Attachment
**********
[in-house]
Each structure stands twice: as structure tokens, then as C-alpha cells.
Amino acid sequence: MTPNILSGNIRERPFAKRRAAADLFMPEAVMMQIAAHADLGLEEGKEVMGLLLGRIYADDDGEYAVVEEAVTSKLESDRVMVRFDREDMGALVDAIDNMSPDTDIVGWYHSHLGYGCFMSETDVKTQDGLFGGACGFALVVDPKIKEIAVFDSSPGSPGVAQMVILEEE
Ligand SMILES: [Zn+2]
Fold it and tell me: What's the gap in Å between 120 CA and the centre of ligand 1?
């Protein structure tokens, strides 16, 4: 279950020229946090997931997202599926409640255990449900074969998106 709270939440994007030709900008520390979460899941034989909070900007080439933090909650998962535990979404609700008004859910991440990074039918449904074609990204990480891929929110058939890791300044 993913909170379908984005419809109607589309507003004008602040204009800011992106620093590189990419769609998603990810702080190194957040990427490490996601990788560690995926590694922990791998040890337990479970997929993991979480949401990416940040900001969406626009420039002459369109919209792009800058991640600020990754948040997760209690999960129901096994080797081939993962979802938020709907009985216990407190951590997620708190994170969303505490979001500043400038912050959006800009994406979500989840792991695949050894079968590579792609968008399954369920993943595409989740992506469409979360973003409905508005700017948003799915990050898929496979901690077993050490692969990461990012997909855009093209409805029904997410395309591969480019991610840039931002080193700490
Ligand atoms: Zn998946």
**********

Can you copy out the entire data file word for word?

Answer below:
[in-house]
Each structure stands twice: as structure tokens, then as C-alpha cells.
Amino acid sequence: MTPNILSGNIRERPFAKRRAAADLFMPEAVMMQIAAHADLGLEEGKEVMGLLLGRIYADDDGEYAVVEEAVTSKLESDRVMVRFDREDMGALVDAIDNMSPDTDIVGWYHSHLGYGCFMSETDVKTQDGLFGGACGFALVVDPKIKEIAVFDSSPGSPGVAQMVILEEE
Ligand SMILES: [Zn+2]
Fold it and tell me: What's the gap in Å between 120 CA and the centre of ligand 1?
């Protein structure tokens, strides 16, 4: 279950020229946090997931997202599926409640255990449900074969998106 709270939440994007030709900008520390979460899941034989909070900007080439933090909650998962535990979404609700008004859910991440990074039918449904074609990204990480891929929110058939890791300044 993913909170379908984005419809109607589309507003004008602040204009800011992106620093590189990419769609998603990810702080190194957040990427490490996601990788560690995926590694922990791998040890337990479970997929993991979480949401990416940040900001969406626009420039002459369109919209792009800058991640600020990754948040997760209690999960129901096994080797081939993962979802938020709907009985216990407190951590997620708190994170969303505490979001500043400038912050959006800009994406979500989840792991695949050894079968590579792609968008399954369920993943595409989740992506469409979360973003409905508005700017948003799915990050898929496979901690077993050490692969990461990012997909855009093209409805029904997410395309591969480019991610840039931002080193700490
Ligand atoms: Zn998946």